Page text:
Experts on access lay blame on campuses

July 6, 2001

Colleges and universities are the biggest barrier to wider access, because they fail to put the learner at the heart of their work.

This is the view of two experts from the Open University in Scotland, speaking at last week's European Access Network conference in Glasgow.

Judith George and Ewan Gillon said their findings showed enormous differences between the approaches and cultures of community education, further education and higher education. This alienated potential tertiary entrants from non-traditional backgrounds, who were unsure of what was involved in taking a course and what was expected of them, they said.

Professor George, assistant director of the OU in Scotland, said entrants from middle-class backgrounds with academic potential were "quickly and easily" able to fit into academia.

"By contrast, learners from severely disadvantaged social backgrounds are distanced from the education world, its values and habits, aims and aspirations. Even the practicalities of education, time management, and money to buy books, are beyond their means and they do not see education as relevant for themselves or their children," she said.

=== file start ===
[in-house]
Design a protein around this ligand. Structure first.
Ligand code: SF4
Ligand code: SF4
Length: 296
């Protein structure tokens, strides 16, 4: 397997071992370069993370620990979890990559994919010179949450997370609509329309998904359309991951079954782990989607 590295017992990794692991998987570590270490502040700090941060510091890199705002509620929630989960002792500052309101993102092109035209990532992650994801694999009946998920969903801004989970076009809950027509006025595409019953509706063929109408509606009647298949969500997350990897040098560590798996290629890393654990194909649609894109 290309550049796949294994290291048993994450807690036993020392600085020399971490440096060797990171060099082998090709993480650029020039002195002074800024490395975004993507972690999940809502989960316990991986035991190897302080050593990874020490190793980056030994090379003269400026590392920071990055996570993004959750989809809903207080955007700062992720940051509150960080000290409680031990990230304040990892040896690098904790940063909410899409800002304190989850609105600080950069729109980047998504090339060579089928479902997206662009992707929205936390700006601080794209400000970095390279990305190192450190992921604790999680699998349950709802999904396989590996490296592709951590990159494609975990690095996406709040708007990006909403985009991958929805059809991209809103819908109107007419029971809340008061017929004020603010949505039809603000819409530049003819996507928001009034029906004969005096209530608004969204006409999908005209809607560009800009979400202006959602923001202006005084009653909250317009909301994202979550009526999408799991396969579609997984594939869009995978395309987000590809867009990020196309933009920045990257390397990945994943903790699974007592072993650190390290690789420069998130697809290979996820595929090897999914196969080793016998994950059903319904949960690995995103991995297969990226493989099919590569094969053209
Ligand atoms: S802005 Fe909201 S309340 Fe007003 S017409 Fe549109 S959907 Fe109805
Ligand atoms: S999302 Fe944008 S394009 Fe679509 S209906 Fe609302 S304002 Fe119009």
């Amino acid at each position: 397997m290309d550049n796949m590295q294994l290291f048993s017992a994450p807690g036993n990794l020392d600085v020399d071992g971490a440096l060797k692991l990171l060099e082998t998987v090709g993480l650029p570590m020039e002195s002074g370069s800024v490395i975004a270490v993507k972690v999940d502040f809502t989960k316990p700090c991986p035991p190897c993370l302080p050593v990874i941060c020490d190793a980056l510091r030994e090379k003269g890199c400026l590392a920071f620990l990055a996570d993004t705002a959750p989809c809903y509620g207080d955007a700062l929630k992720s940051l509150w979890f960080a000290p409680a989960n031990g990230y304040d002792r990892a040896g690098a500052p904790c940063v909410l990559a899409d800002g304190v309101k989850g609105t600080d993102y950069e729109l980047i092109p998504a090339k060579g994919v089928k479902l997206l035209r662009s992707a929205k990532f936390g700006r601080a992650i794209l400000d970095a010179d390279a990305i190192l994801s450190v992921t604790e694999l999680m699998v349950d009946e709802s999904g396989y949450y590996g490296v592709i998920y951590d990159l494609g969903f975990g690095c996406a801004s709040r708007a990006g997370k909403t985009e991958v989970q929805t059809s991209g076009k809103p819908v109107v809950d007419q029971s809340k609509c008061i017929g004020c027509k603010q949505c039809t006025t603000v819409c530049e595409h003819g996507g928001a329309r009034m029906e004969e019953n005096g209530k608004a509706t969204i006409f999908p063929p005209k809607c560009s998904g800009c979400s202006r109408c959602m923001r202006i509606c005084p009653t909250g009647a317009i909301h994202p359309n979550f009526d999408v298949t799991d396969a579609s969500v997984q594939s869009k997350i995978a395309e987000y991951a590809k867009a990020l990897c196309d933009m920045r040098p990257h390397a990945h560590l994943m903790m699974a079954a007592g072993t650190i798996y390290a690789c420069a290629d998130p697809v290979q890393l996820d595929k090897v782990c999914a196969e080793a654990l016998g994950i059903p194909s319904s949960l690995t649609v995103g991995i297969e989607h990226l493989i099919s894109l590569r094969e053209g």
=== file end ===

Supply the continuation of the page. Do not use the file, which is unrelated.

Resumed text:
Dr Gillon, the Scottish OU's widening participation coordinator, said the solution was to put the learner at the heart of the education system. "To widen participation, higher and further education must become student-centred in the sense that community education is," he said.

Institutions must explain what was on offer and what was expected of students, he said.

The findings come from work with non-traditional adult learners in Dumfries and Galloway in an innovative OU programme called The Open Road .

It is a joint venture between community and further and higher education that aims to develop accessible and clearly marked pathways through education.

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